Bloomberg is reporting that Apple is “in talks to acquire online music service Lala, according to two people familiar with the matter.”
The shoe fits. Back when Lala launched I described it as an iTunes in the cloud — something that we believe Apple will inevitably launch. Apple is certainly building a lot of data center capacity for something. Lala is already one of two companies powering full-song streaming for Google’s new music search (the other one is MySpace Music via its iLike acquisition), and it is a part of the Facebook gift shop. Lala already has all the streaming licenses in place with the major music companies and a team which can help Apple create a killer streaming version of iTunes.
We’ve been huge fans of Lala since its launch in October (you can see our extensive coverage here. The site uses an innovative ‘web song’ model that lets you buy albums for very cheap (10 cents per song) that you can then stream as many times as you’d like. That pay-to-stream model would certainly be more attractive to Apple than just an advertising-supported one. Lala’s streaming licenses might also allow iTunes to deliver a full-song sample instead of the 30-second previews currently available.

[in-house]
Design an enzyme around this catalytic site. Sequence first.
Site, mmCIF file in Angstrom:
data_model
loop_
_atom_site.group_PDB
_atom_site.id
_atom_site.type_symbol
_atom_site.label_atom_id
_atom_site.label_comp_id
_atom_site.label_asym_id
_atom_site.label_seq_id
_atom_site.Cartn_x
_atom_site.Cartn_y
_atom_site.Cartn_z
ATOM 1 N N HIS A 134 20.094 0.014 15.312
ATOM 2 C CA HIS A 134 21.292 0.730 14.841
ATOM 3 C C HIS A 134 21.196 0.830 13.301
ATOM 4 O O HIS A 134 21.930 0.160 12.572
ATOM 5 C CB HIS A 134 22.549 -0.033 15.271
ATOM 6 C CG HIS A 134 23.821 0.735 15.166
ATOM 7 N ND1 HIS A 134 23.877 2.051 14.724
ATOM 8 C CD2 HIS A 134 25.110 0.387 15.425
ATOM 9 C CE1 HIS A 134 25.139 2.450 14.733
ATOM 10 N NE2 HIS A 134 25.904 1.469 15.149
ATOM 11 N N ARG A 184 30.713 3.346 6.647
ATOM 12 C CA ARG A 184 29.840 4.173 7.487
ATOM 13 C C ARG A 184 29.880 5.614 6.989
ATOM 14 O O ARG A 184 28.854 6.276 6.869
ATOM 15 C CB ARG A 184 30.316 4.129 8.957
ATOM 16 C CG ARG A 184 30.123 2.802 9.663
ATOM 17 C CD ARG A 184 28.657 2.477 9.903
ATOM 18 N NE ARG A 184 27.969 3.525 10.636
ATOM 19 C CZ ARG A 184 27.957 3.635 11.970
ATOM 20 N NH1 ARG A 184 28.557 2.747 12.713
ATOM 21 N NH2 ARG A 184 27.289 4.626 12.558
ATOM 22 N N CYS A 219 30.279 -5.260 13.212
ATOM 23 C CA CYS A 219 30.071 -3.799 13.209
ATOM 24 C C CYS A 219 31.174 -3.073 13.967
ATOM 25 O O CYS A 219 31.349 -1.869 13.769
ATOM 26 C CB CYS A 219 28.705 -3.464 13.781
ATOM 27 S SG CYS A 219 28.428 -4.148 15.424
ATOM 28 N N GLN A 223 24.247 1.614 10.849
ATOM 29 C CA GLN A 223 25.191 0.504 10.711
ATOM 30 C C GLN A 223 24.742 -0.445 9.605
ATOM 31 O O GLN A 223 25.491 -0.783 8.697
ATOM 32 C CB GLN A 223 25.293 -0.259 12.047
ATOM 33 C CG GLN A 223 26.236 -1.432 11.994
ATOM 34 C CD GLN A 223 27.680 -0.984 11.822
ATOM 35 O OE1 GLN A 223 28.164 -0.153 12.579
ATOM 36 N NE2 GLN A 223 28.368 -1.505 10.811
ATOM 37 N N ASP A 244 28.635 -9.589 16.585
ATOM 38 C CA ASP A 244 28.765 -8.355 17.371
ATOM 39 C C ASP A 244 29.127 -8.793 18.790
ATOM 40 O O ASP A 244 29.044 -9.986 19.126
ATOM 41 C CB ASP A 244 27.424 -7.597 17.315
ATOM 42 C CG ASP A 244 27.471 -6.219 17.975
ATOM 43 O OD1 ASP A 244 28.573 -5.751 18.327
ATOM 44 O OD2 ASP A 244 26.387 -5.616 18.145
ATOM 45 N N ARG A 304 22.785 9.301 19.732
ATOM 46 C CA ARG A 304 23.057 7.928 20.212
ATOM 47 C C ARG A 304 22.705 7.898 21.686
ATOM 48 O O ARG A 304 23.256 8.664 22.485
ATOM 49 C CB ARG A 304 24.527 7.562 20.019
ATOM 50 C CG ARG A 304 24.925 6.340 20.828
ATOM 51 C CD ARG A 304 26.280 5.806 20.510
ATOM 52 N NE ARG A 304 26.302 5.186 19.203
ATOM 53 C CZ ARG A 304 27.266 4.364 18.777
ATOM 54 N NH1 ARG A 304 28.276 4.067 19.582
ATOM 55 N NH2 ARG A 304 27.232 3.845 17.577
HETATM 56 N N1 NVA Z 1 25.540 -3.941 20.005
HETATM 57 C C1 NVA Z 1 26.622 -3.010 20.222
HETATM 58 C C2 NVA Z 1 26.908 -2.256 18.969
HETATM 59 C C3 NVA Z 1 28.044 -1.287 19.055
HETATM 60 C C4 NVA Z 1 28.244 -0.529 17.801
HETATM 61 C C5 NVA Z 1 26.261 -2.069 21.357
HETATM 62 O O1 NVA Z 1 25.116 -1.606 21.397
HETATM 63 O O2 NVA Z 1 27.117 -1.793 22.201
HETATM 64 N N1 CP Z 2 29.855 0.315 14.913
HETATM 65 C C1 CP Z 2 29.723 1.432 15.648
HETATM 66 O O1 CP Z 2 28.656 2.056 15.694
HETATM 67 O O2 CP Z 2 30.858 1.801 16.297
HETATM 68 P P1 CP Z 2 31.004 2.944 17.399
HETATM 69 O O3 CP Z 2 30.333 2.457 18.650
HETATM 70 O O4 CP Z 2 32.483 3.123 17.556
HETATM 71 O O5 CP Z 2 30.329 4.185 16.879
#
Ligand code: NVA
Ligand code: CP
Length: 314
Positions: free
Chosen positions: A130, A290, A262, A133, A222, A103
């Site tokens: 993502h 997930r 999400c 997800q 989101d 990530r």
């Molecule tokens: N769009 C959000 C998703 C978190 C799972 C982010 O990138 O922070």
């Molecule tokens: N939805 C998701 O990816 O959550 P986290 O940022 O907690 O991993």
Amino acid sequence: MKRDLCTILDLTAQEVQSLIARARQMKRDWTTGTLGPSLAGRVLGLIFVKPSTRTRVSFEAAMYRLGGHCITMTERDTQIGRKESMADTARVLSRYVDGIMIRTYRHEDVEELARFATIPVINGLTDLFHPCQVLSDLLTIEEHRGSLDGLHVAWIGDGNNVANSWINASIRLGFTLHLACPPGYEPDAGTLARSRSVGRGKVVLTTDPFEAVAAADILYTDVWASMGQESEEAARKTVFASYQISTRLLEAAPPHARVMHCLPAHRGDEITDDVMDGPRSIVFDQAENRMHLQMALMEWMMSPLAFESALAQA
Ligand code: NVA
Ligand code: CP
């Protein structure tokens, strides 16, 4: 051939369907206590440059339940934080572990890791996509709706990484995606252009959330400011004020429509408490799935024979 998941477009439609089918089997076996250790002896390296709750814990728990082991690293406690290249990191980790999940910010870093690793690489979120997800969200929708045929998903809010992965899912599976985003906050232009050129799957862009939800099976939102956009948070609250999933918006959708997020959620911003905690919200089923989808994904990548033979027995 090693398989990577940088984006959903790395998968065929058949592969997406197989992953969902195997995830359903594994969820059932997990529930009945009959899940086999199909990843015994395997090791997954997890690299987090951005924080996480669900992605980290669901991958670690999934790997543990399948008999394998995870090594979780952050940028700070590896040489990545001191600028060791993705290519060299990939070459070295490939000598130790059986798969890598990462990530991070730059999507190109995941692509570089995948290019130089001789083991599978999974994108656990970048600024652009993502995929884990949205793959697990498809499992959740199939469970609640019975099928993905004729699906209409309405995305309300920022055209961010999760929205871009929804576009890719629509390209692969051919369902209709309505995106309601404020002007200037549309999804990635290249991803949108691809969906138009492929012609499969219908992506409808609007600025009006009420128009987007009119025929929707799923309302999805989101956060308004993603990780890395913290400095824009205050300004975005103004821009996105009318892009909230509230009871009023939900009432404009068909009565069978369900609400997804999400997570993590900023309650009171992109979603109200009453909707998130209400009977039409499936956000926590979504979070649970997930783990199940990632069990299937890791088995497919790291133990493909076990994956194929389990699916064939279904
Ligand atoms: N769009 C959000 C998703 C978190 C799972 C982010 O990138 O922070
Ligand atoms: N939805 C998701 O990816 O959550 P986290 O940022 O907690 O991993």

Update: I walked over to the Lala office, which is only a few blocks from us, to see if I could gather any more details. They didn’t seem particularly happy to see me. I knocked on the door and a Lala employee answered, keeping the door half shut so that I couldn’t see in. I asked if any of the company’s executives were around. He looked over his shoulder, asked if they were, and a second later said they weren’t (it was not a particularly convincing effort). He promptly shut the door, and I’m pretty sure I heard someone inside say something to the effect of “Are you serious, don’t answer it!”.
Obviously this isn’t confirmation of anything, but they’re clearly on high alert.
One other point to note: back in October we did an extensive sneak preview of the long-awaited Lala iPhone app. The Lala team had previously been concerned about having their app rejected because of the way it competed with the native iTunes app, but in light of the recent acceptance of apps like Spotify they were optimistic.
It’s now been more than a month since we gave that preview. Six days ago I reached out to Lala to find out what the situation was, and, as a secondary question, to see if they had an extra spot in their iPhone beta program. CEO Geoff Ralston replied to my question about the beta, but he totally ignored my question about the iPhone app. Most CEOs in that position would have at least acknowledged that they had fallen prey to the Apple approval process.
We’re still digging for more.